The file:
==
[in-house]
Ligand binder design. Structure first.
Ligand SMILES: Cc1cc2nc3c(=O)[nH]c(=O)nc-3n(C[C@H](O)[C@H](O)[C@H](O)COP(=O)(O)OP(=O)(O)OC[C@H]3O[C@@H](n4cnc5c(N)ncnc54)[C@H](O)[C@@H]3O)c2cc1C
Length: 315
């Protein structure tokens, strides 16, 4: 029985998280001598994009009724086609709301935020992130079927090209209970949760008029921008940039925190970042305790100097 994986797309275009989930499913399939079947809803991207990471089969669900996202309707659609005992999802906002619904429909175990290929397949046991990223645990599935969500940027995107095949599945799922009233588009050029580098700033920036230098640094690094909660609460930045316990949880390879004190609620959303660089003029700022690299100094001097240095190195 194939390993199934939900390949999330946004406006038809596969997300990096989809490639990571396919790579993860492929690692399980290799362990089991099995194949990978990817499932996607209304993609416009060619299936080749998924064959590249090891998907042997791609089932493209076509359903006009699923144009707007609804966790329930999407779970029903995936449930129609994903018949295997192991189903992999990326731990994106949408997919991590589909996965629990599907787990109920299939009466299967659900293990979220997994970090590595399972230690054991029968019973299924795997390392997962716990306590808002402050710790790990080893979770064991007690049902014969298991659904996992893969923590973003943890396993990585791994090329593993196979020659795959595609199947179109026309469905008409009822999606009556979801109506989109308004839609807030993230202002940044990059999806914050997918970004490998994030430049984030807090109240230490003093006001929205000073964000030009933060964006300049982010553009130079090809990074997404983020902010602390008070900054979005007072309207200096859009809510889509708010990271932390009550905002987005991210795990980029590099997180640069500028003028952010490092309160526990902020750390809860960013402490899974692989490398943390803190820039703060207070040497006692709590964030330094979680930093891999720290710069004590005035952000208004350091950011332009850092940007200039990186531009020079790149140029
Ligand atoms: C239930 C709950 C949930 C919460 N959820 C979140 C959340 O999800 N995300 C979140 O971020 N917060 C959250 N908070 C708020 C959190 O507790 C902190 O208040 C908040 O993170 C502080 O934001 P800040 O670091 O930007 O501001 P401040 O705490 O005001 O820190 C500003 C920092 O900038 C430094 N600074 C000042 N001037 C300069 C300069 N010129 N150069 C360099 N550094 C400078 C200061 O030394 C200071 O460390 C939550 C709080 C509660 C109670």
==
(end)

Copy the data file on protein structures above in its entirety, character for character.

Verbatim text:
[in-house]
Ligand binder design. Structure first.
Ligand SMILES: Cc1cc2nc3c(=O)[nH]c(=O)nc-3n(C[C@H](O)[C@H](O)[C@H](O)COP(=O)(O)OP(=O)(O)OC[C@H]3O[C@@H](n4cnc5c(N)ncnc54)[C@H](O)[C@@H]3O)c2cc1C
Length: 315
């Protein structure tokens, strides 16, 4: 029985998280001598994009009724086609709301935020992130079927090209209970949760008029921008940039925190970042305790100097 994986797309275009989930499913399939079947809803991207990471089969669900996202309707659609005992999802906002619904429909175990290929397949046991990223645990599935969500940027995107095949599945799922009233588009050029580098700033920036230098640094690094909660609460930045316990949880390879004190609620959303660089003029700022690299100094001097240095190195 194939390993199934939900390949999330946004406006038809596969997300990096989809490639990571396919790579993860492929690692399980290799362990089991099995194949990978990817499932996607209304993609416009060619299936080749998924064959590249090891998907042997791609089932493209076509359903006009699923144009707007609804966790329930999407779970029903995936449930129609994903018949295997192991189903992999990326731990994106949408997919991590589909996965629990599907787990109920299939009466299967659900293990979220997994970090590595399972230690054991029968019973299924795997390392997962716990306590808002402050710790790990080893979770064991007690049902014969298991659904996992893969923590973003943890396993990585791994090329593993196979020659795959595609199947179109026309469905008409009822999606009556979801109506989109308004839609807030993230202002940044990059999806914050997918970004490998994030430049984030807090109240230490003093006001929205000073964000030009933060964006300049982010553009130079090809990074997404983020902010602390008070900054979005007072309207200096859009809510889509708010990271932390009550905002987005991210795990980029590099997180640069500028003028952010490092309160526990902020750390809860960013402490899974692989490398943390803190820039703060207070040497006692709590964030330094979680930093891999720290710069004590005035952000208004350091950011332009850092940007200039990186531009020079790149140029
Ligand atoms: C239930 C709950 C949930 C919460 N959820 C979140 C959340 O999800 N995300 C979140 O971020 N917060 C959250 N908070 C708020 C959190 O507790 C902190 O208040 C908040 O993170 C502080 O934001 P800040 O670091 O930007 O501001 P401040 O705490 O005001 O820190 C500003 C920092 O900038 C430094 N600074 C000042 N001037 C300069 C300069 N010129 N150069 C360099 N550094 C400078 C200061 O030394 C200071 O460390 C939550 C709080 C509660 C109670």